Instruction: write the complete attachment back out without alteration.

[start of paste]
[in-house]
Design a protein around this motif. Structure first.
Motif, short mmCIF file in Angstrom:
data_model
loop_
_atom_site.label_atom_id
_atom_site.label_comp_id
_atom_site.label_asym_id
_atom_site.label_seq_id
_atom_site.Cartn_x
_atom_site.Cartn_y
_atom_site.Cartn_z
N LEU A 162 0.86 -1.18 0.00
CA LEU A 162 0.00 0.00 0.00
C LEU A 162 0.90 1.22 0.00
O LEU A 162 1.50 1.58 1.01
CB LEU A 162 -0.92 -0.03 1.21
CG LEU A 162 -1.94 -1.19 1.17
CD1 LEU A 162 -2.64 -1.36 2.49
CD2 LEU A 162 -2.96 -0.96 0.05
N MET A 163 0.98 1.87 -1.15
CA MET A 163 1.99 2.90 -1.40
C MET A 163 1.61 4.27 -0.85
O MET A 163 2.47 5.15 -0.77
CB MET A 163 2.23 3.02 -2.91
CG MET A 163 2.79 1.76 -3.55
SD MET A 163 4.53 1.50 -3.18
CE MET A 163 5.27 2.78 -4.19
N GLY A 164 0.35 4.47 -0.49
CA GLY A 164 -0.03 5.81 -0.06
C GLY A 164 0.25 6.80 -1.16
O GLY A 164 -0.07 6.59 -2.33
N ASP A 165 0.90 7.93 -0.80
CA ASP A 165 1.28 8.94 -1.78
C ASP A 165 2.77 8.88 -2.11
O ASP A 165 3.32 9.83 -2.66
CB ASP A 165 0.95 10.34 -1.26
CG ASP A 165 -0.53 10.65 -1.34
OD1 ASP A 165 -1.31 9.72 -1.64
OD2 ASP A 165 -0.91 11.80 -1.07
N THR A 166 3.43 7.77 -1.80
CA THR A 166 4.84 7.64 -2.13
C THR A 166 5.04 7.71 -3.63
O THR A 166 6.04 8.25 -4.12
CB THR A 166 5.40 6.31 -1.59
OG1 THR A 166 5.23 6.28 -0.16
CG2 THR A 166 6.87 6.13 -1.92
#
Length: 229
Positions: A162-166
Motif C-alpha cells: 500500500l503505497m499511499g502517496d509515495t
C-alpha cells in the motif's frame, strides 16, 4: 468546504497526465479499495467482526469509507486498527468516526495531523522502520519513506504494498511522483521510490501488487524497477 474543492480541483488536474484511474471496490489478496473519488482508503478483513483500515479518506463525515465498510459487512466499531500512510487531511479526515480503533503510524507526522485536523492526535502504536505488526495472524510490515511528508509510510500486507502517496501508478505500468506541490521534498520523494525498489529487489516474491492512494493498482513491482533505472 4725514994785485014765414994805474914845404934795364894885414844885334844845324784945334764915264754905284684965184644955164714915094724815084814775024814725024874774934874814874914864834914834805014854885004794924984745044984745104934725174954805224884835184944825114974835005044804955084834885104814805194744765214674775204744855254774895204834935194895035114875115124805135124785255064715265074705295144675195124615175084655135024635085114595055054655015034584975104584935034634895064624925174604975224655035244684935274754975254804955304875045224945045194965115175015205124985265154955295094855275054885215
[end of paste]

[in-house]
Design a protein around this motif. Structure first.
Motif, short mmCIF file in Angstrom:
data_model
loop_
_atom_site.label_atom_id
_atom_site.label_comp_id
_atom_site.label_asym_id
_atom_site.label_seq_id
_atom_site.Cartn_x
_atom_site.Cartn_y
_atom_site.Cartn_z
N LEU A 162 0.86 -1.18 0.00
CA LEU A 162 0.00 0.00 0.00
C LEU A 162 0.90 1.22 0.00
O LEU A 162 1.50 1.58 1.01
CB LEU A 162 -0.92 -0.03 1.21
CG LEU A 162 -1.94 -1.19 1.17
CD1 LEU A 162 -2.64 -1.36 2.49
CD2 LEU A 162 -2.96 -0.96 0.05
N MET A 163 0.98 1.87 -1.15
CA MET A 163 1.99 2.90 -1.40
C MET A 163 1.61 4.27 -0.85
O MET A 163 2.47 5.15 -0.77
CB MET A 163 2.23 3.02 -2.91
CG MET A 163 2.79 1.76 -3.55
SD MET A 163 4.53 1.50 -3.18
CE MET A 163 5.27 2.78 -4.19
N GLY A 164 0.35 4.47 -0.49
CA GLY A 164 -0.03 5.81 -0.06
C GLY A 164 0.25 6.80 -1.16
O GLY A 164 -0.07 6.59 -2.33
N ASP A 165 0.90 7.93 -0.80
CA ASP A 165 1.28 8.94 -1.78
C ASP A 165 2.77 8.88 -2.11
O ASP A 165 3.32 9.83 -2.66
CB ASP A 165 0.95 10.34 -1.26
CG ASP A 165 -0.53 10.65 -1.34
OD1 ASP A 165 -1.31 9.72 -1.64
OD2 ASP A 165 -0.91 11.80 -1.07
N THR A 166 3.43 7.77 -1.80
CA THR A 166 4.84 7.64 -2.13
C THR A 166 5.04 7.71 -3.63
O THR A 166 6.04 8.25 -4.12
CB THR A 166 5.40 6.31 -1.59
OG1 THR A 166 5.23 6.28 -0.16
CG2 THR A 166 6.87 6.13 -1.92
#
Length: 229
Positions: A162-166
Motif C-alpha cells: 500500500l503505497m499511499g502517496d509515495t
C-alpha cells in the motif's frame, strides 16, 4: 468546504497526465479499495467482526469509507486498527468516526495531523522502520519513506504494498511522483521510490501488487524497477 474543492480541483488536474484511474471496490489478496473519488482508503478483513483500515479518506463525515465498510459487512466499531500512510487531511479526515480503533503510524507526522485536523492526535502504536505488526495472524510490515511528508509510510500486507502517496501508478505500468506541490521534498520523494525498489529487489516474491492512494493498482513491482533505472 4725514994785485014765414994805474914845404934795364894885414844885334844845324784945334764915264754905284684965184644955164714915094724815084814775024814725024874774934874814874914864834914834805014854885004794924984745044984745104934725174954805224884835184944825114974835005044804955084834885104814805194744765214674775204744855254774895204834935194895035114875115124805135124785255064715265074705295144675195124615175084655135024635085114595055054655015034584975104584935034634895064624925174604975224655035244684935274754975254804955304875045224945045194965115175015205124985265154955295094855275054885215